Allah’s Instructions to Muslims: A Guidance for Mankind: Comparing Surah Al Isra and Al Hujarat.

Syed Sharfuddin

The holy Quran is a beautiful tapestry of repeating parables, divine guidance, biblical warnings, and holy commandments, assertions and prohibitions which, if understood and acted in letter and spirit with full sincerity and faith, can make a Muslim a complete human being serving Allah and following His prophet Muhammad, peace be upon him, in a way that ensures a smooth life for him or her in this mortal world and a comfortable abode in Paradise in the hereafter.

The 114 chapters in the holy Quran are not based on any specific topic or story. Even where some chapters are named after stories of prophets or people described in the holy Quran, such as Surah Al-Kahf or Surah Yusuf, there is still enough guidance interwoven with the stories of the youth of the cave, the two friends in a garden, prophet Moses meeting Khizr, journeys of Zulqarnain and the story of prophet Joseph and his brothers. This unique narrative style makes the holy Quran easily approachable from any chapter or any page and still it sounds like reading it from the start. In that sense, the holy Quran does not really have a beginning or middle or end. It is a complete message no matter how much or little you read it at any given time, as long as you are receptive to it and are prepared to follow it in your life.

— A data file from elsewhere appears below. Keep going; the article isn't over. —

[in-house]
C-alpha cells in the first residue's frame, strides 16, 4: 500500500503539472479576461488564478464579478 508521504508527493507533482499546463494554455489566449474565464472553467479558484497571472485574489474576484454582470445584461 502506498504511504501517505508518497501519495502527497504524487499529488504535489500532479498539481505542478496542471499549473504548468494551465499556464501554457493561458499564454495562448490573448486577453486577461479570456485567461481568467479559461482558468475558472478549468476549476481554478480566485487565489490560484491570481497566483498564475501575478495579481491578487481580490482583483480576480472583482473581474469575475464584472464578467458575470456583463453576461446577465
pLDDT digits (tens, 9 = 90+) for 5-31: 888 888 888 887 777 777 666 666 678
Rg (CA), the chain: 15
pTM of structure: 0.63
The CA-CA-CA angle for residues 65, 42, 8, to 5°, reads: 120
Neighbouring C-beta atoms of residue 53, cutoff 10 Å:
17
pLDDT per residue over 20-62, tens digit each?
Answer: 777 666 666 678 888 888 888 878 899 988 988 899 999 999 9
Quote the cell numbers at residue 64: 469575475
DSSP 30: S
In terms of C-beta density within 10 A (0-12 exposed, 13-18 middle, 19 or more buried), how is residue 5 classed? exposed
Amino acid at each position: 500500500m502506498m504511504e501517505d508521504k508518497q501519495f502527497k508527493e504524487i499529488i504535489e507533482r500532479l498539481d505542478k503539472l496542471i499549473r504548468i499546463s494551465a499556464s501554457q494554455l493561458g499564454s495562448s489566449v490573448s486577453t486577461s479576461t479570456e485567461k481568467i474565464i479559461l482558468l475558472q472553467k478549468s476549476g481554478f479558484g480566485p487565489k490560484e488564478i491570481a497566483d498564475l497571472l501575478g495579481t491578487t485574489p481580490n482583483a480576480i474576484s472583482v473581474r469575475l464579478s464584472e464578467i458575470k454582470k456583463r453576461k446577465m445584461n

In this essay we will compare two Surahs which stand out specially in terms of learning the etiquette of our relationship with our Creator Allah, as well as the rules of our relationship with other Muslims and human beings living together as a community. The former is listed in Surah Al Isra. The latter is described in Surah Al-Hujaraat.

Relationship between humans and Allah

The guidance for this relationship is beautifully described in Surah Al-Isra (Chapter 49). These guidelines are meant for all humanity but particularly for Muslims. These are listed in their order as follows:

Do not associate partners with Allah, for if you do, you will end up condemned and abandoned (verse 22).

Worship Allah and honour your parents. Serve them well in old age and do not hurt them. When they pass away, pray for their forgiveness, (verse 23). It is significant that serving  parents comes right after worship of Allah and shows how important it is to respect your parents after obeying God.

Give your relatives their due share of love, respect and attention, as well as spend on the poor and the needy person caught in travel but don’t be spendthrift (verse 26).

If you can’t help a poor person because you don’t yet have the means to do so, excuse yourself kindly and without disrespecting him or attacking his dignity (verse 28).